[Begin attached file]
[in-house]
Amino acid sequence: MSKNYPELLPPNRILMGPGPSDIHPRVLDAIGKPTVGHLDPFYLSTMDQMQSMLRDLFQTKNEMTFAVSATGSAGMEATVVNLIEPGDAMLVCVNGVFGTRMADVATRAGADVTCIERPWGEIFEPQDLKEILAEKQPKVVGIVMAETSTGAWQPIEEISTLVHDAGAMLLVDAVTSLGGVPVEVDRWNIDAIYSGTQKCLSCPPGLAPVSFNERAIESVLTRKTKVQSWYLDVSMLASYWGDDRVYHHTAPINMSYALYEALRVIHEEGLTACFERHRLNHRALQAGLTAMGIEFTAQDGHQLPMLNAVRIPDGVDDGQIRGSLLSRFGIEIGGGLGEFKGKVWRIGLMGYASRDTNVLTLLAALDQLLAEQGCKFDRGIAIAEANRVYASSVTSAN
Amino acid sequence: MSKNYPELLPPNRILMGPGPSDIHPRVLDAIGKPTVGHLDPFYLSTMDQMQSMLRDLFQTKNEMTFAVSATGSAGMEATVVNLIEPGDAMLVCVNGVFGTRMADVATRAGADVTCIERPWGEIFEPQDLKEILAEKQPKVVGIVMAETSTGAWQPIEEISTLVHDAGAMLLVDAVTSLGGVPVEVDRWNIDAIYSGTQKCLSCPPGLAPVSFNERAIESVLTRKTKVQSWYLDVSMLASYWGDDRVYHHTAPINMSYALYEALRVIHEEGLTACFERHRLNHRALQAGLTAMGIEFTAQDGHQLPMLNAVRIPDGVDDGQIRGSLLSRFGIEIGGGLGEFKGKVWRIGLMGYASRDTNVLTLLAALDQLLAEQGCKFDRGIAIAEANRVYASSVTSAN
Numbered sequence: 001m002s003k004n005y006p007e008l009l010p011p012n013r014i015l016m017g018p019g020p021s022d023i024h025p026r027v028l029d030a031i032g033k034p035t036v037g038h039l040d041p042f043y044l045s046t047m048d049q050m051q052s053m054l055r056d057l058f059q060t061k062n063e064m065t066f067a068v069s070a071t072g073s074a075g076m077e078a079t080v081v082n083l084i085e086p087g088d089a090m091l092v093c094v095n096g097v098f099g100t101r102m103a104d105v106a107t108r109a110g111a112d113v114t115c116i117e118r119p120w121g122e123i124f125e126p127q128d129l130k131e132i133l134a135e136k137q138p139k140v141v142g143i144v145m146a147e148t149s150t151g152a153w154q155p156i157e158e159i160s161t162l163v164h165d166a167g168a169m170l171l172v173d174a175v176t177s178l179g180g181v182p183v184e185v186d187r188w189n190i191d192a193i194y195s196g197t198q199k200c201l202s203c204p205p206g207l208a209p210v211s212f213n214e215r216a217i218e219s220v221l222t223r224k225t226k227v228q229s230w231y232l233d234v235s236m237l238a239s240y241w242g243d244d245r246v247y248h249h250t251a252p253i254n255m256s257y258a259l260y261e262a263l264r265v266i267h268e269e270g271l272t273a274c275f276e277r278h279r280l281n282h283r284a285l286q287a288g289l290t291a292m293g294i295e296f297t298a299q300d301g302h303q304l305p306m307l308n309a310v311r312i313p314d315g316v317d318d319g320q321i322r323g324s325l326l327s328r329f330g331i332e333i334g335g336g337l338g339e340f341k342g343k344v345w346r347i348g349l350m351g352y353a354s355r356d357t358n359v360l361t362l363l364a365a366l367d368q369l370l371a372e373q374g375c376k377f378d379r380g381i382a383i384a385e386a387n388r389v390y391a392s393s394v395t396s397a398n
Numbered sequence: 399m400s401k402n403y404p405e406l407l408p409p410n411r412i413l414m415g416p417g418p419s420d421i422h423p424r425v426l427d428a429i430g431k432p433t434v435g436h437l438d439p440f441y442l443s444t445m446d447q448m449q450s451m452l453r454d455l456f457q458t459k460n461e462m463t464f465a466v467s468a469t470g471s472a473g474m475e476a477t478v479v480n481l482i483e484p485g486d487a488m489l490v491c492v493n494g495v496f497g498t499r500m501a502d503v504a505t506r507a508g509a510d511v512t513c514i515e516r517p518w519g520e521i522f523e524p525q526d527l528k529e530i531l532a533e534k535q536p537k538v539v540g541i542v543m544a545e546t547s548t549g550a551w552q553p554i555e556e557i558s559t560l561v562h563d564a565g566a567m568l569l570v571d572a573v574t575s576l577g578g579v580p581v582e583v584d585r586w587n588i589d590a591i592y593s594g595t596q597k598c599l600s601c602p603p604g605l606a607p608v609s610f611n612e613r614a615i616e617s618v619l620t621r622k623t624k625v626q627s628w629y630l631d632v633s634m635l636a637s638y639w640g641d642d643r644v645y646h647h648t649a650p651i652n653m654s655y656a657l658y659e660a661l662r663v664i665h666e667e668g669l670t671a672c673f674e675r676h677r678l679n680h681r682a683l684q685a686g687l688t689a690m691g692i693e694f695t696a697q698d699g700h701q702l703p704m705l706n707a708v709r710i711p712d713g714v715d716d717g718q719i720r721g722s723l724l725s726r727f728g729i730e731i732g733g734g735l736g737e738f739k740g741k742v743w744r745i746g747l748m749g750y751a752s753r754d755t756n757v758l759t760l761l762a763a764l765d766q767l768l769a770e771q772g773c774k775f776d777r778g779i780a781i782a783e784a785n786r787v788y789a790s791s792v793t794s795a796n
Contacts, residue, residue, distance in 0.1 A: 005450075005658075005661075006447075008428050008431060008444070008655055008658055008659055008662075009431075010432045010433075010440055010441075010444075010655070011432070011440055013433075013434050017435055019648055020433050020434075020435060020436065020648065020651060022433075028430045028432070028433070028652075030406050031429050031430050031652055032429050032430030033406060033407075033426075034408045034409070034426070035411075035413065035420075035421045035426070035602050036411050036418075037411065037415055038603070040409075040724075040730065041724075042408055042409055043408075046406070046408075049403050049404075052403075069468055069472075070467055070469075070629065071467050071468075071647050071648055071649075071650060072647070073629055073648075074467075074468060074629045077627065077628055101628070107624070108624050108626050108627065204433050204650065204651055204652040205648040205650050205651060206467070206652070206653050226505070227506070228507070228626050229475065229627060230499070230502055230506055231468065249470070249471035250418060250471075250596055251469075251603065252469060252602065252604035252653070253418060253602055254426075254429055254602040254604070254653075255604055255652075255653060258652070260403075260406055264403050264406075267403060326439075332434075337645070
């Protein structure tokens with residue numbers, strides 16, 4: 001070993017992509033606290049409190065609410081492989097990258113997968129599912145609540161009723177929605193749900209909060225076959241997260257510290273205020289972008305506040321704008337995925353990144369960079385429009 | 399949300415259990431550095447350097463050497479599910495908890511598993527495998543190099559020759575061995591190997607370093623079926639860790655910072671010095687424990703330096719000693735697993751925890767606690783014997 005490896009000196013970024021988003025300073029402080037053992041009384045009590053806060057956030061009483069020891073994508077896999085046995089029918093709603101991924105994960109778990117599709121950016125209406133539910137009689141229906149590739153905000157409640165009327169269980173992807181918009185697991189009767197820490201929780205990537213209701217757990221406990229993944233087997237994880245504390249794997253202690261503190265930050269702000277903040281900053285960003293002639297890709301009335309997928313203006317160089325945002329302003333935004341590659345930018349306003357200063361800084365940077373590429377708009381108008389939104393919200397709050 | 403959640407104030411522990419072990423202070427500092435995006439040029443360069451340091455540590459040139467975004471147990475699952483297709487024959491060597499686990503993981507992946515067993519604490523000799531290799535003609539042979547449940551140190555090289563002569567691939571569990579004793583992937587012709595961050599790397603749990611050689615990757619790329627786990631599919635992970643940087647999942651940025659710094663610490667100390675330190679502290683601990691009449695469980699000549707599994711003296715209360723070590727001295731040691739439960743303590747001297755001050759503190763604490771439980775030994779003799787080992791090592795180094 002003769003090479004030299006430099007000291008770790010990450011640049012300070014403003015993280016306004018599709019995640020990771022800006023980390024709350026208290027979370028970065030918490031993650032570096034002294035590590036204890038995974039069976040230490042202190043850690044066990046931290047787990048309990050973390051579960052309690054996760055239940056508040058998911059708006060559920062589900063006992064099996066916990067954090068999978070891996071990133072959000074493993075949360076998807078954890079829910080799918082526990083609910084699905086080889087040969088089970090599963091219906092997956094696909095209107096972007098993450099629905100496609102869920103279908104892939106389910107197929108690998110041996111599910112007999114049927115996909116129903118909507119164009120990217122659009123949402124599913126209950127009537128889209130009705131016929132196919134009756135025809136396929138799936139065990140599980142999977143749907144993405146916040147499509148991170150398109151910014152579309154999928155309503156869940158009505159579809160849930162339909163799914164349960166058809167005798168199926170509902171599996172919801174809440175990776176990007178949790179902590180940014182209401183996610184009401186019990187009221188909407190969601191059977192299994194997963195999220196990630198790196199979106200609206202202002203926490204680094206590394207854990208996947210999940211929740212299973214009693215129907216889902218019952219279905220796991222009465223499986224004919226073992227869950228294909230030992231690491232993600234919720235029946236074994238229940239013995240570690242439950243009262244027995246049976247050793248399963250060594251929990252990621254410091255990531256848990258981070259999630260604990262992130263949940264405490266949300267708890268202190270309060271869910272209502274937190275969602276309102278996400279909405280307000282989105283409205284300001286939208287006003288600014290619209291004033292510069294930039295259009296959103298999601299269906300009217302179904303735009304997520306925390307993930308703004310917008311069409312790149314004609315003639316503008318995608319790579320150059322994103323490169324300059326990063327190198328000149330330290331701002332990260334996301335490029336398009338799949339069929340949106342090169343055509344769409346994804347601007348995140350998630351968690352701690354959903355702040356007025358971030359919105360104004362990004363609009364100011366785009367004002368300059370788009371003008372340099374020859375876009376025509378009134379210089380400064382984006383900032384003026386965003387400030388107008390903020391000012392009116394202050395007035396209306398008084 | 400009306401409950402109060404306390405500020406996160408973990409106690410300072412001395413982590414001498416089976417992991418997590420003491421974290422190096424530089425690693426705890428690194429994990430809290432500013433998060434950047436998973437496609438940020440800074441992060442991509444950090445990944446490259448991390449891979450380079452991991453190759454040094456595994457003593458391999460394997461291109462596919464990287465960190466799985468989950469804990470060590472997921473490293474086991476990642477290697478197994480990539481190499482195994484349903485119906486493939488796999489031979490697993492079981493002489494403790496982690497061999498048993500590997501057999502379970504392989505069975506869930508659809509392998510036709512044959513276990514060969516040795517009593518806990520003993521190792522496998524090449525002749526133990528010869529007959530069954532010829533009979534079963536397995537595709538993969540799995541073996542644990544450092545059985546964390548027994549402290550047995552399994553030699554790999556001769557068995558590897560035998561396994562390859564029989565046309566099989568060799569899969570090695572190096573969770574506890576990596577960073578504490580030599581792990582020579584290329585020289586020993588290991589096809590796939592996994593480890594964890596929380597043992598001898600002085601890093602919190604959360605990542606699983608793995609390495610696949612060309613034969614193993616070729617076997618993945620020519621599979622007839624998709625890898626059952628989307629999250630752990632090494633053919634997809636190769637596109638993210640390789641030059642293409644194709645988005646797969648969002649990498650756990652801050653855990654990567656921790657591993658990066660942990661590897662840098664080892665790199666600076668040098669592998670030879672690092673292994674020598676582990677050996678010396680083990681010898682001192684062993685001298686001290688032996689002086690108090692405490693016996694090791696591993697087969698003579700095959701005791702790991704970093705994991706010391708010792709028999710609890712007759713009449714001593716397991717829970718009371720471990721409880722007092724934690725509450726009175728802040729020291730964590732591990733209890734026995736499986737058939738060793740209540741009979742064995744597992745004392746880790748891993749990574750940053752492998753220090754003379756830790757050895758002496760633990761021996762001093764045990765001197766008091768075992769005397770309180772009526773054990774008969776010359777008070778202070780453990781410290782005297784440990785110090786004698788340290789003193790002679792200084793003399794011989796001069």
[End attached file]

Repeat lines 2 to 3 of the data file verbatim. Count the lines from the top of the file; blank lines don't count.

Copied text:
Amino acid sequence: MSKNYPELLPPNRILMGPGPSDIHPRVLDAIGKPTVGHLDPFYLSTMDQMQSMLRDLFQTKNEMTFAVSATGSAGMEATVVNLIEPGDAMLVCVNGVFGTRMADVATRAGADVTCIERPWGEIFEPQDLKEILAEKQPKVVGIVMAETSTGAWQPIEEISTLVHDAGAMLLVDAVTSLGGVPVEVDRWNIDAIYSGTQKCLSCPPGLAPVSFNERAIESVLTRKTKVQSWYLDVSMLASYWGDDRVYHHTAPINMSYALYEALRVIHEEGLTACFERHRLNHRALQAGLTAMGIEFTAQDGHQLPMLNAVRIPDGVDDGQIRGSLLSRFGIEIGGGLGEFKGKVWRIGLMGYASRDTNVLTLLAALDQLLAEQGCKFDRGIAIAEANRVYASSVTSAN
Amino acid sequence: MSKNYPELLPPNRILMGPGPSDIHPRVLDAIGKPTVGHLDPFYLSTMDQMQSMLRDLFQTKNEMTFAVSATGSAGMEATVVNLIEPGDAMLVCVNGVFGTRMADVATRAGADVTCIERPWGEIFEPQDLKEILAEKQPKVVGIVMAETSTGAWQPIEEISTLVHDAGAMLLVDAVTSLGGVPVEVDRWNIDAIYSGTQKCLSCPPGLAPVSFNERAIESVLTRKTKVQSWYLDVSMLASYWGDDRVYHHTAPINMSYALYEALRVIHEEGLTACFERHRLNHRALQAGLTAMGIEFTAQDGHQLPMLNAVRIPDGVDDGQIRGSLLSRFGIEIGGGLGEFKGKVWRIGLMGYASRDTNVLTLLAALDQLLAEQGCKFDRGIAIAEANRVYASSVTSAN